Ginn’s big day on special teams lifts 49ers to win

Running like mad, Ted Ginn Jr. almost raised the ball in the air
before the goal line to start celebrating a touchdown on his
102-yard kickoff return.

He thought twice, then tucked it in safely at his right side.
Ginn had looked up at the big screen and saw a chasing defender. No
way he was risking something going wrong.

Not after his turbulent week.

Ahead of the season opener, Ginn took a hefty pay cut and lost
his starting job in the receiving corps to newcomer Braylon
Edwards.

What a tough few days for the fifth-year pro before he returned
two kicks for touchdowns in a 59-second span to seal San
Francisco’s season-opening 33-17 victory over Seattle.

The 49ers got their money’s worth and then some from the veteran
wideout and special teams star against the defending NFC West
champion Seahawks. Ginn gave the 49ers their first game in
franchise history with a kickoff return and a punt return for
touchdowns.

”I’m a team player. It’s not always about money,” Ginn said.
”You come in, you play the game, and as you play the game, good
things should happen for you.”

It hasn’t always been that way for Ginn, however.

Booed by Dolphins fans from the day he was drafted out of Ohio
State, the criticism he received in South Florida was relentless.
Even for a guy who scored on kickoff returns of 100 and 101 yards
in the same quarter of a game against the New York Jets in November
2009. He became the first player with two kickoff returns of at
least 100 yards in the same game.

The 49ers got quite a glimpse – make that two – of Ginn’s
explosive, game-breaking ability Sunday. Even at age 26, he shows
off the speed and first step that made him a national hurdle
champion in high school.

”Career day, record-setting day by Ted Ginn,” 49ers coach Jim
Harbaugh said. ”Phenomenal performance by Teddy.”

And to think Harbaugh nearly went with somebody else back deep
in the return game. The first-year coach ultimately decided to go
with Ginn because of ”his experience more than anything
else.”

”I wanted a guy back there who was going to have a cool head
and make good decisions,” Harbaugh said.

Ginn will be given another chance to shine on special teams this
week. While Ginn has always longed to pull double duty on special
teams and offense, Harbaugh seems content to stick with what
worked.

The 49ers host the Dallas Cowboys at Candlestick Park after Tony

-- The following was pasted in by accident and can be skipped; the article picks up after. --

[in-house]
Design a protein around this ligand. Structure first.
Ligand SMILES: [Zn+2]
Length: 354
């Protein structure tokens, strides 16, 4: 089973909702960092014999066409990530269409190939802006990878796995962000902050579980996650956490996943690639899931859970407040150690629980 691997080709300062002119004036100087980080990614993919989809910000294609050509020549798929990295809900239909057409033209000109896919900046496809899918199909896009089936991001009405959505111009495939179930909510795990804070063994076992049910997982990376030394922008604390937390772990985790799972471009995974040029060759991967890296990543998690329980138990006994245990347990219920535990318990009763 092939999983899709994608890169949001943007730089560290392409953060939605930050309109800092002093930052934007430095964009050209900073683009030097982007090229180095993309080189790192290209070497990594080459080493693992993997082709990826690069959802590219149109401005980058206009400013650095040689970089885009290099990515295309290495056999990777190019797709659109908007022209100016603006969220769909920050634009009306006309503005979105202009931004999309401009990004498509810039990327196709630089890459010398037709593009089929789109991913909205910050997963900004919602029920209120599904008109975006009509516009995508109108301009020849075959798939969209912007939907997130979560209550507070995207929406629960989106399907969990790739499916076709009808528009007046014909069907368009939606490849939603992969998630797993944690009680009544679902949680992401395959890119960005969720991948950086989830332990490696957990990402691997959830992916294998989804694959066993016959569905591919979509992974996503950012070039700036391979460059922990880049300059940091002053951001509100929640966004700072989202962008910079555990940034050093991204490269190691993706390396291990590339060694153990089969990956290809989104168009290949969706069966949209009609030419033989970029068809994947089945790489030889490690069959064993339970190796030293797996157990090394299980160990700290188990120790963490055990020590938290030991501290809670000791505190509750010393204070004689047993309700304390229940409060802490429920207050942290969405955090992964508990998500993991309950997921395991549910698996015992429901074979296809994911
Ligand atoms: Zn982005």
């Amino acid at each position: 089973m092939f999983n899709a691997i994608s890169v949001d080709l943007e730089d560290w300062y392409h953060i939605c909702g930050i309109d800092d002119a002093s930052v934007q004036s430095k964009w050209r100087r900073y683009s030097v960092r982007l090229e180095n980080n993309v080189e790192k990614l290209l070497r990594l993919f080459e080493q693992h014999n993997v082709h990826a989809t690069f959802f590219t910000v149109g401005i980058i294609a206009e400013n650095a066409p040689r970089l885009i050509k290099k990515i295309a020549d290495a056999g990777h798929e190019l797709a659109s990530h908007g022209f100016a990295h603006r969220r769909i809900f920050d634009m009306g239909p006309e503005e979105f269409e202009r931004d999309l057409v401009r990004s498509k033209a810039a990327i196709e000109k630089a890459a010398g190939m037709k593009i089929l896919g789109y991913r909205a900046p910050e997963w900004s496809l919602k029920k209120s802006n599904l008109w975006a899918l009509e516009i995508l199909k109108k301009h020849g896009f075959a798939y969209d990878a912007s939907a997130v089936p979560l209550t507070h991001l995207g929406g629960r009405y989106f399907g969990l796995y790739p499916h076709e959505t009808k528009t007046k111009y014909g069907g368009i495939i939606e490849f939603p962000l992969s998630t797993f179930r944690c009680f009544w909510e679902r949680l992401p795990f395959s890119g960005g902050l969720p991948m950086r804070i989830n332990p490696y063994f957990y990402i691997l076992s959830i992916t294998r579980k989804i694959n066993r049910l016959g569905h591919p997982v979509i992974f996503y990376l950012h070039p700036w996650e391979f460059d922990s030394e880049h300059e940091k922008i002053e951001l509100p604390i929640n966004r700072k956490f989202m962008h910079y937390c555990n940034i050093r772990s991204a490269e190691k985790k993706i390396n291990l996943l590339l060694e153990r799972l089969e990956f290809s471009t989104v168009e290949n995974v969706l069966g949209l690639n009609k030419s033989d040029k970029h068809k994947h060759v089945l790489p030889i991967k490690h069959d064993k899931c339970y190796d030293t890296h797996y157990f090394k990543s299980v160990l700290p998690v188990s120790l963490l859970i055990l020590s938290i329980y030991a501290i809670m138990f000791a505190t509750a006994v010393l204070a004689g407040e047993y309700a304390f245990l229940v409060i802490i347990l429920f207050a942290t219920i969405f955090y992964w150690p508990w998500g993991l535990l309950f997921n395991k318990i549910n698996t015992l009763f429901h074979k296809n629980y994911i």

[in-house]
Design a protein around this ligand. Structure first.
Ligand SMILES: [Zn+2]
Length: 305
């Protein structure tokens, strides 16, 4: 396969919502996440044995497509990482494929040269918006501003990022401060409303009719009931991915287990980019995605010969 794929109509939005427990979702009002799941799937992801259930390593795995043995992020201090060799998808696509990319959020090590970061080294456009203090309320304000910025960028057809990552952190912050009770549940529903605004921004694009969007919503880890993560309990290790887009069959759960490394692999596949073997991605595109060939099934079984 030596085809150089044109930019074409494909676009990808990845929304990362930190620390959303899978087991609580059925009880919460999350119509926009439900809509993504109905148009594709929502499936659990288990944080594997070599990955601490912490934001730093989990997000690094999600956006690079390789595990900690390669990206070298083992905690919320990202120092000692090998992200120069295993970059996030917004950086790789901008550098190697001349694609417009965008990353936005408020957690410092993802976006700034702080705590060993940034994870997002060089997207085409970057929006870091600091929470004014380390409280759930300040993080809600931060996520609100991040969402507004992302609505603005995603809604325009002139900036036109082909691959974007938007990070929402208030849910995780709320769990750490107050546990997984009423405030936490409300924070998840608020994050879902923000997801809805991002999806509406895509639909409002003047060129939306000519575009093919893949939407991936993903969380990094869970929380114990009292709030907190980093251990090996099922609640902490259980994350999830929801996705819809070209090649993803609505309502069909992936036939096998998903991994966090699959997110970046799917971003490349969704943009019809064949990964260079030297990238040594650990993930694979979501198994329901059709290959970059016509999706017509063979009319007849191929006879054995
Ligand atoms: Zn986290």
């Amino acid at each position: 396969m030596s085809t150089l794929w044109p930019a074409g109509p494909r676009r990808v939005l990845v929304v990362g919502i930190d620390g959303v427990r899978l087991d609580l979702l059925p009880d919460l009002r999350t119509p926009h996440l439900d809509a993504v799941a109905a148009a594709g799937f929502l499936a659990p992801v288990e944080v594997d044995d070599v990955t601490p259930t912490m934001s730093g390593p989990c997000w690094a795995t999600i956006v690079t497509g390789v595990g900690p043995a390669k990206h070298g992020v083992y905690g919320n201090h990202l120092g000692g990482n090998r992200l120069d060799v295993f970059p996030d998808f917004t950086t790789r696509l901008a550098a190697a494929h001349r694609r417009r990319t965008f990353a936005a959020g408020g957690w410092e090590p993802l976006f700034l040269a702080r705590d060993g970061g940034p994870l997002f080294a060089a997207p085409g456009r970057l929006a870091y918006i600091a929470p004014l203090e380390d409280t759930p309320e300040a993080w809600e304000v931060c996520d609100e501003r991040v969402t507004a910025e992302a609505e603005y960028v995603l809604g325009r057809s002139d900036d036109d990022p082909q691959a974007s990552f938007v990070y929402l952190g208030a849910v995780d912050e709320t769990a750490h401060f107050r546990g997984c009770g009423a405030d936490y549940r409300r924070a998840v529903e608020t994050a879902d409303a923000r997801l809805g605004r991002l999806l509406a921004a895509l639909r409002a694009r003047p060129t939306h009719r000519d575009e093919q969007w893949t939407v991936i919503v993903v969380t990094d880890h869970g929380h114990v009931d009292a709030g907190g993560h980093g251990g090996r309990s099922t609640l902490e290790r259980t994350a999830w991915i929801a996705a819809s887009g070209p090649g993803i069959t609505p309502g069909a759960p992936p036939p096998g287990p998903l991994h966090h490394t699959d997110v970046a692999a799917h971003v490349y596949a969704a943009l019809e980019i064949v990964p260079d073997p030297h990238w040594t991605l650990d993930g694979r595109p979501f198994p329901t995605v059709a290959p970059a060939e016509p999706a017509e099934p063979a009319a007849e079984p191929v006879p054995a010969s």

Romo and Co. blew a 14-point lead to lose 27-24 to the Jets on
Sunday night.

”You sure hate to take him off the field right now in those
roles,” Harbaugh said of Ginn. ”He means a lot to us on the
offensive side of the ball as well. We weren’t going to have him
returning the kicks. That was close to a day-before-game decision
to let him roll on the kickoff return. But glad we did it.”

Ginn is giving San Francisco – after one week, at least – what
he believed he had in him when he arrived in the Bay Area last
year.

The 49ers acquired Ginn in a trade with the Dolphins in April
2010, when then-coach Mike Singletary made upgrading the return
game one of his top priorities.

”I’m just going to come into the 49ers and show ’em what I
got,” Ginn said after the trade.

He insists he gauges his field position based on ”feel.”

”I’ve been back there for about five years now, so I can kind
of get a good feel on how the kickoff team is coming down,” he
said.

Selected with the ninth overall pick in 2007, Ginn was
considered the fastest draft bust in Dolphins history. He managed
only five touchdown catches in three seasons while averaging 13.0
yards per reception.

Ginn seems to have moved on from all that. He made 12 catches
last season with a TD in his first year with the 49ers.

On Sunday, he left Candlestick with a trio of souvenir balls –
the game ball and two more from his TD runs.

Ginn has been telling his teammates all along he would break
free.

”He said, ‘Man, all I need is a couple more blocks and I will
get in the end zone. And you saw it. Kickoff return,” special
teams mate Delanie Walker said. ”He just did that by himself. It
was a left return, he just took it all the way to the right. He’s
got the speed to get around the corner, and that’s what he did. The
punt return everyone had a great block, he broke a couple tackles,
right up the middle for a touchdown.

”He says it all the time. Right when we get in our huddle when
we say the play, ‘Hey, one block and I’m going to do the rest and
y’all can look at me score.’ And that’s what we did.”

Harbaugh declined to address Ginn’s pay cut, only praising his
team-first attitude.

”Ted’s a stud, no doubt a heck of a football player and a great
guy,” Harbaugh said. ”Nobody would be disputing that. … A real
football player, courageous, talented, hardworking, great
teammate.”

Still, when Harbaugh was sitting at home Sunday night flipping
through the sports channels for highlights, he never came across
the Niners – despite Ginn’s fine day. He knows respect for this
franchise will take time. San Francisco has gone eight years
without reaching the playoffs or posting a winning record.

”It just kind of documents what you know, what the perception
is of our team around the league and around the country,” Harbaugh
said. ”Some people can say that’s not fair, it isn’t right, but do
something about it. And that’s our mindset. That’s our
approach.”

Ginn’s fine day was a start.